About Chögyam Trungpa and His Collected Works:
Chögyam Trungpa (1939 - 1987), a Tibetan meditation master, teacher, and artist is widely known as one of the pioneers in bringing Buddhism to the West. He was born in eastern Tibet and was identified as the eleventh descendent in the line of Trungpa tulkus (incarnations of teachers). At age 18, this scholar was Supreme Abbot of the Surmang Monasteries. He fled to India when the Chinese invaded his homeland in 1959. In 1963, Chögyam Trungpa traveled to England where he attended Oxford University as a Spaulding Fellow, studying Western philosophy, religion, art, and language. He established the first Tibetan Buddhist center in Scotland in 1967.

In 1970, he was invited to teach in the United States; he settled down in Boulder, Colorado. Over the years, he established over 100 meditation centers in America, Canada, and Europe. Trungpa Rinpoche set up Shambhala International in 1973 to coordinate the activities of these centers. He also founded Naropa Institute (now Naropa University), an innovative college that combines contemplative studies with a liberal arts curriculum. A secular program for meditation called Shambhala Training was established in 1976. In 1986, Trungpa Rinpoche moved the center of his activities from Boulder to Halifax, Canada, where he died the following year.

Carolyn Rose Gimian, editor of The Essential Chögyam Trungpa (1999), is the compiler and editor of The Collected Works of Chögyam Trungpa. In each of these eight volumes, she provides an overview of the material.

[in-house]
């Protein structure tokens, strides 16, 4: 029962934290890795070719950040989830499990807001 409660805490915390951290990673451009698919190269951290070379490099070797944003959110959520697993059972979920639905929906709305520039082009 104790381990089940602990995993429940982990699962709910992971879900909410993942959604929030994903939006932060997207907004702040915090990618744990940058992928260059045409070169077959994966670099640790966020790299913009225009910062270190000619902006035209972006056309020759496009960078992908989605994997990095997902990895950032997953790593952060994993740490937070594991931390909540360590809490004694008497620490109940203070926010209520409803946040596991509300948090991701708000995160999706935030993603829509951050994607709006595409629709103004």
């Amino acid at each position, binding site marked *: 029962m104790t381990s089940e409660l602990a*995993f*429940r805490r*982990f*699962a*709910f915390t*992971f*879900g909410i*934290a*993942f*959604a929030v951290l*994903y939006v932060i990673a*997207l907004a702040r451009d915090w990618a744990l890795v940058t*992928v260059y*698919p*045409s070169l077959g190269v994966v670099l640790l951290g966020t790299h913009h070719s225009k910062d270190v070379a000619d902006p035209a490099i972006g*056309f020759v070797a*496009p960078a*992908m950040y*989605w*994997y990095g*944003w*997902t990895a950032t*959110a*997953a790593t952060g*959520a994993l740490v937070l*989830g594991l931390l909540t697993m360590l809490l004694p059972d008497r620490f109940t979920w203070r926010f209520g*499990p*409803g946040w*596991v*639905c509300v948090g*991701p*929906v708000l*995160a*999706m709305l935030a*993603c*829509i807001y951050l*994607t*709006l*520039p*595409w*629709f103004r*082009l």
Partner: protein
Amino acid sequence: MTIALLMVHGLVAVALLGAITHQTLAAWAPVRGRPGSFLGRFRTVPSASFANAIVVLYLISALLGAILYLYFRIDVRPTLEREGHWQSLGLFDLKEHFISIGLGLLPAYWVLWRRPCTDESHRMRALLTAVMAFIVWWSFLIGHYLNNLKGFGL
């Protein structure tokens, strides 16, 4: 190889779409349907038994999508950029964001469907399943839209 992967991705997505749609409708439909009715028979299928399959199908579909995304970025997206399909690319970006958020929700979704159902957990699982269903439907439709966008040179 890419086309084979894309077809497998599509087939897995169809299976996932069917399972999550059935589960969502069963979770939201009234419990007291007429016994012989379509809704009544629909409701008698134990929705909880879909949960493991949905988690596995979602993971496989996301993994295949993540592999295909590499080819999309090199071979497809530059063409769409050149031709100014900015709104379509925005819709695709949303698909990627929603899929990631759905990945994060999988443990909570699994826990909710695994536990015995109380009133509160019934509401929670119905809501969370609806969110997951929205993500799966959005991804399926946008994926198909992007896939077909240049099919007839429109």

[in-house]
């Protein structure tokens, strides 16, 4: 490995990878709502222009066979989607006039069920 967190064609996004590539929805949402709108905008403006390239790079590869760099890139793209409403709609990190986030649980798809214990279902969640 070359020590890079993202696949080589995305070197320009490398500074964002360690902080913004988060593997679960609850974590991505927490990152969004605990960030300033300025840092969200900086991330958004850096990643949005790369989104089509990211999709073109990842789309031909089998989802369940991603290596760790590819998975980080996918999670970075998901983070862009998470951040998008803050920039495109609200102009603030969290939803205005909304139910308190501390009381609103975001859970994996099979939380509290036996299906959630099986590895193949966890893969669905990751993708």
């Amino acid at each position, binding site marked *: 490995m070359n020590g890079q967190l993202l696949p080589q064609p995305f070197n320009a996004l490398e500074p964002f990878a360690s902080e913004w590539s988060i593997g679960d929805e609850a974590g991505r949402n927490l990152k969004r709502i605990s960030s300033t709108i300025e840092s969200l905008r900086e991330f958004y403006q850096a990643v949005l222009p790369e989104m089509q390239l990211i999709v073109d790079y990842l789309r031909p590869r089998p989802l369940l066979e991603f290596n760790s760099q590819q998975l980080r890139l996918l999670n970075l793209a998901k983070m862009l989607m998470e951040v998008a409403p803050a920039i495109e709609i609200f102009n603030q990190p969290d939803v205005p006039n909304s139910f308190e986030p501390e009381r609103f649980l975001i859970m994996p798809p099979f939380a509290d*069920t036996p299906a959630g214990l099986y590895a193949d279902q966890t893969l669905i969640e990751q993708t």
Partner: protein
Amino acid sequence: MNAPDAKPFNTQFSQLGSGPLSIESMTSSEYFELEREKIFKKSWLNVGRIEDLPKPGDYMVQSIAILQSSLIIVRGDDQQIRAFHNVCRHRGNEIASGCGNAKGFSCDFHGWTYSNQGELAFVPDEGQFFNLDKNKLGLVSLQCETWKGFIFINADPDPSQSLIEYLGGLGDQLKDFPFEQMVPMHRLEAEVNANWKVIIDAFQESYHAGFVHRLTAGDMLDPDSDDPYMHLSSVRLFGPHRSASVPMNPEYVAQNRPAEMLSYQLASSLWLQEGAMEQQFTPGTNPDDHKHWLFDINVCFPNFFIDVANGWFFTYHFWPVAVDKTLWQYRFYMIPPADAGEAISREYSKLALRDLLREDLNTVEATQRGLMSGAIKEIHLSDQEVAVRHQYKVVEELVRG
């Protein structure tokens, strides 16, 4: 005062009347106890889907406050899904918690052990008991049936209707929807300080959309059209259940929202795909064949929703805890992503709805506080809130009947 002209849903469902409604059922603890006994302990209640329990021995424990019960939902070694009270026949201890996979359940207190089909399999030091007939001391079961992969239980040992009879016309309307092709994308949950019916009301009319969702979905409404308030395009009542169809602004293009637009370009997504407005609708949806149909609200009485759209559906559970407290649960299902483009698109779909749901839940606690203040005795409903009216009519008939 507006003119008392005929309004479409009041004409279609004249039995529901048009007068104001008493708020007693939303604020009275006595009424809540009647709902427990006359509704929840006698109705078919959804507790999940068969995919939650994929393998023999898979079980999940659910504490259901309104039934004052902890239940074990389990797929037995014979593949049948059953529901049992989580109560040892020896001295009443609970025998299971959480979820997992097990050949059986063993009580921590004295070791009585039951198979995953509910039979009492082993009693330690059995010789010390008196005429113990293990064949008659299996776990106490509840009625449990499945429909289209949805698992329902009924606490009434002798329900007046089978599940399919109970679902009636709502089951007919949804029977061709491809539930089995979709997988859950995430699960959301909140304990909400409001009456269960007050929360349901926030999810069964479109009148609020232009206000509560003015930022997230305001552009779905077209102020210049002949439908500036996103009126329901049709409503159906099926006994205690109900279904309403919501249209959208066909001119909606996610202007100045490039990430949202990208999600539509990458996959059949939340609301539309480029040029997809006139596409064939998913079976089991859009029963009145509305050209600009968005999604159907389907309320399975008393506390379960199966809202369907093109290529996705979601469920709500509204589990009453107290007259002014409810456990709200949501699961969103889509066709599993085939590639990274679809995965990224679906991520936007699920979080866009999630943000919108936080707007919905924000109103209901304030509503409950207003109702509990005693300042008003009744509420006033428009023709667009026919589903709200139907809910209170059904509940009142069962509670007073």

About This Volume:
In our opinion, Volume Seven is the best in The Collected Works of Chogyam Trungpa because it highlights the incredible gifts of this meditation master as a poet, playwright, and visual artist. Although he was very knowledgeable about the symbolism and iconography of traditional Buddhist arts, his major contribution was relating dharma to the creative process. Or as editor Carolyn Rose Gimian puts it: "In a sense, Chögyam Trungpa's work as an artist was among the most revolutionary parts of his teaching. He truly believed that art can change the world. In this belief, he was focused not only on the content of art but on how art can alter perception."

The awareness practice of this meditation master prepared him for the unfolding of what he called "dharma art." In many of the essays in this first section of this volume, Chögyam Trunga relates the artistic process to elegance, new sight, perception, and non-aggression. Whether writing about the art of calligraphy, the Buddhist art of Tibet, or film-making; he opens up new avenues of meaning.

His poetry reveals an appreciation of different styles of expression. His favorite slogan "First Thought Best Thought" has helped many writers stay in the present moment and follow their intuition. In an interview about one of his dharma art installations, he stated: "Dharma art is the principle way we are trying to create enlightened society, which is a society where there is no aggression, and where people could discover their innate basic goodness and enlightened existence, whether it is in a domestic or political or social situation." This statement also provides an ideal introduction to Volume Eight, which focuses on matters of culture, state, and society.